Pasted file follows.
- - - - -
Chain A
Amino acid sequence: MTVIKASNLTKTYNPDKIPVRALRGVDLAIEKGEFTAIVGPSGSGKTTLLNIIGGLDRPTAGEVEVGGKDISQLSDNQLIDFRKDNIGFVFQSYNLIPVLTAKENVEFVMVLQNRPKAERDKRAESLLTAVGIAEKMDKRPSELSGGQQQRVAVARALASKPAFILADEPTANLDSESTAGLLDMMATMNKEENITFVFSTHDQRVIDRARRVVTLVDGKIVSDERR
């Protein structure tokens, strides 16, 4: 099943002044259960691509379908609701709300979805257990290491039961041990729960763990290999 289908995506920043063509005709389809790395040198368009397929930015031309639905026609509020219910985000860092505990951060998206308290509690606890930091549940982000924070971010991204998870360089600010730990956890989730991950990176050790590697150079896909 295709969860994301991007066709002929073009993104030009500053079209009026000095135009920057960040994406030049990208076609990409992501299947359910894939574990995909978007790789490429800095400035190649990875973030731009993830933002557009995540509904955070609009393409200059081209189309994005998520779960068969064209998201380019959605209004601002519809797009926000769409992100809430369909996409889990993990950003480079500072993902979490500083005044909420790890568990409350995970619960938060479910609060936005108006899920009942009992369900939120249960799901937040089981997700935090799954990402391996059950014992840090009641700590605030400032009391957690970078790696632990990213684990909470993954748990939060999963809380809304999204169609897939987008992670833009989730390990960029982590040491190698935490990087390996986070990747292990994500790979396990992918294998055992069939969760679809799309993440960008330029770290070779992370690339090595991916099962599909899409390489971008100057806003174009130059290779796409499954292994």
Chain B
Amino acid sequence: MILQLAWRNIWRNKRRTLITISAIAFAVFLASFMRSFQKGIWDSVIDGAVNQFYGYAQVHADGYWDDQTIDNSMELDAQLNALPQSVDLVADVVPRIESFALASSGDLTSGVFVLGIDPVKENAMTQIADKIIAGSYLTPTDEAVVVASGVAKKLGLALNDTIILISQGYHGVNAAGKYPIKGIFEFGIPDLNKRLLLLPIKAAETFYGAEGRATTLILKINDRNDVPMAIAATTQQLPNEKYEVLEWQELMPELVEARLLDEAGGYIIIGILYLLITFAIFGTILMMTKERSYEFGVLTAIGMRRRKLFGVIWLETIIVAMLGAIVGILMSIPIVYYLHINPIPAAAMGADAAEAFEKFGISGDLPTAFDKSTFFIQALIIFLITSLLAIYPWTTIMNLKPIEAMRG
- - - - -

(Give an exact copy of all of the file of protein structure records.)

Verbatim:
Chain A
Amino acid sequence: MTVIKASNLTKTYNPDKIPVRALRGVDLAIEKGEFTAIVGPSGSGKTTLLNIIGGLDRPTAGEVEVGGKDISQLSDNQLIDFRKDNIGFVFQSYNLIPVLTAKENVEFVMVLQNRPKAERDKRAESLLTAVGIAEKMDKRPSELSGGQQQRVAVARALASKPAFILADEPTANLDSESTAGLLDMMATMNKEENITFVFSTHDQRVIDRARRVVTLVDGKIVSDERR
């Protein structure tokens, strides 16, 4: 099943002044259960691509379908609701709300979805257990290491039961041990729960763990290999 289908995506920043063509005709389809790395040198368009397929930015031309639905026609509020219910985000860092505990951060998206308290509690606890930091549940982000924070971010991204998870360089600010730990956890989730991950990176050790590697150079896909 295709969860994301991007066709002929073009993104030009500053079209009026000095135009920057960040994406030049990208076609990409992501299947359910894939574990995909978007790789490429800095400035190649990875973030731009993830933002557009995540509904955070609009393409200059081209189309994005998520779960068969064209998201380019959605209004601002519809797009926000769409992100809430369909996409889990993990950003480079500072993902979490500083005044909420790890568990409350995970619960938060479910609060936005108006899920009942009992369900939120249960799901937040089981997700935090799954990402391996059950014992840090009641700590605030400032009391957690970078790696632990990213684990909470993954748990939060999963809380809304999204169609897939987008992670833009989730390990960029982590040491190698935490990087390996986070990747292990994500790979396990992918294998055992069939969760679809799309993440960008330029770290070779992370690339090595991916099962599909899409390489971008100057806003174009130059290779796409499954292994």
Chain B
Amino acid sequence: MILQLAWRNIWRNKRRTLITISAIAFAVFLASFMRSFQKGIWDSVIDGAVNQFYGYAQVHADGYWDDQTIDNSMELDAQLNALPQSVDLVADVVPRIESFALASSGDLTSGVFVLGIDPVKENAMTQIADKIIAGSYLTPTDEAVVVASGVAKKLGLALNDTIILISQGYHGVNAAGKYPIKGIFEFGIPDLNKRLLLLPIKAAETFYGAEGRATTLILKINDRNDVPMAIAATTQQLPNEKYEVLEWQELMPELVEARLLDEAGGYIIIGILYLLITFAIFGTILMMTKERSYEFGVLTAIGMRRRKLFGVIWLETIIVAMLGAIVGILMSIPIVYYLHINPIPAAAMGADAAEAFEKFGISGDLPTAFDKSTFFIQALIIFLITSLLAIYPWTTIMNLKPIEAMRG